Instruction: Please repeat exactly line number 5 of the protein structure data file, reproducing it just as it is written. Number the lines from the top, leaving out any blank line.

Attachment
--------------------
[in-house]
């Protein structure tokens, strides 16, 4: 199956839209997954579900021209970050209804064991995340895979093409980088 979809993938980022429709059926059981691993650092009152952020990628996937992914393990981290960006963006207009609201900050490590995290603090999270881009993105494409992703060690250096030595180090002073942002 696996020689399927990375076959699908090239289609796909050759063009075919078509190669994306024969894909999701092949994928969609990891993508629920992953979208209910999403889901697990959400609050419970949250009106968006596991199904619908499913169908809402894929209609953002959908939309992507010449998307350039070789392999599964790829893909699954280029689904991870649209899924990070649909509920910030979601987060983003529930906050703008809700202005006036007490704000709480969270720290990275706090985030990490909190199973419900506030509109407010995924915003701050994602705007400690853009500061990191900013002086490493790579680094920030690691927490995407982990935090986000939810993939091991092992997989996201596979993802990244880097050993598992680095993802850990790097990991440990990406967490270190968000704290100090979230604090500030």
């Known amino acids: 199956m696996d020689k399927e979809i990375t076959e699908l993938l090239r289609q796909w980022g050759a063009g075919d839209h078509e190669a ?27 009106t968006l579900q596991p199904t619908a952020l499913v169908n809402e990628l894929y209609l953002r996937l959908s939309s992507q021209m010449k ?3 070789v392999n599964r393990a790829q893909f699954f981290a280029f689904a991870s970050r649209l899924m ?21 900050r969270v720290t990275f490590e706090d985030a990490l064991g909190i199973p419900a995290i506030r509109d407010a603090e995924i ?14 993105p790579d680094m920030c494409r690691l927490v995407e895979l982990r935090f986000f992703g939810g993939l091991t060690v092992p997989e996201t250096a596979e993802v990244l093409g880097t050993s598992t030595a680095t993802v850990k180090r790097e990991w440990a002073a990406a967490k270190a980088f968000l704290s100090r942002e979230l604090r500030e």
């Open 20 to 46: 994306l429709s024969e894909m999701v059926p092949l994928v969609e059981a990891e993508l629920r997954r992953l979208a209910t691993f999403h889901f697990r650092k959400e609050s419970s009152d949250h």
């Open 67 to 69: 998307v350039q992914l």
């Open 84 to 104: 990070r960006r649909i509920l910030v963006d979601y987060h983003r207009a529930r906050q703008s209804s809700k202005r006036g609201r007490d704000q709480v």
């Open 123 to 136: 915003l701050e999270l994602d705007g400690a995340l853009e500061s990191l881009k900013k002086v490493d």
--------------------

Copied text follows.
């Open 67 to 69: 998307v350039q992914l």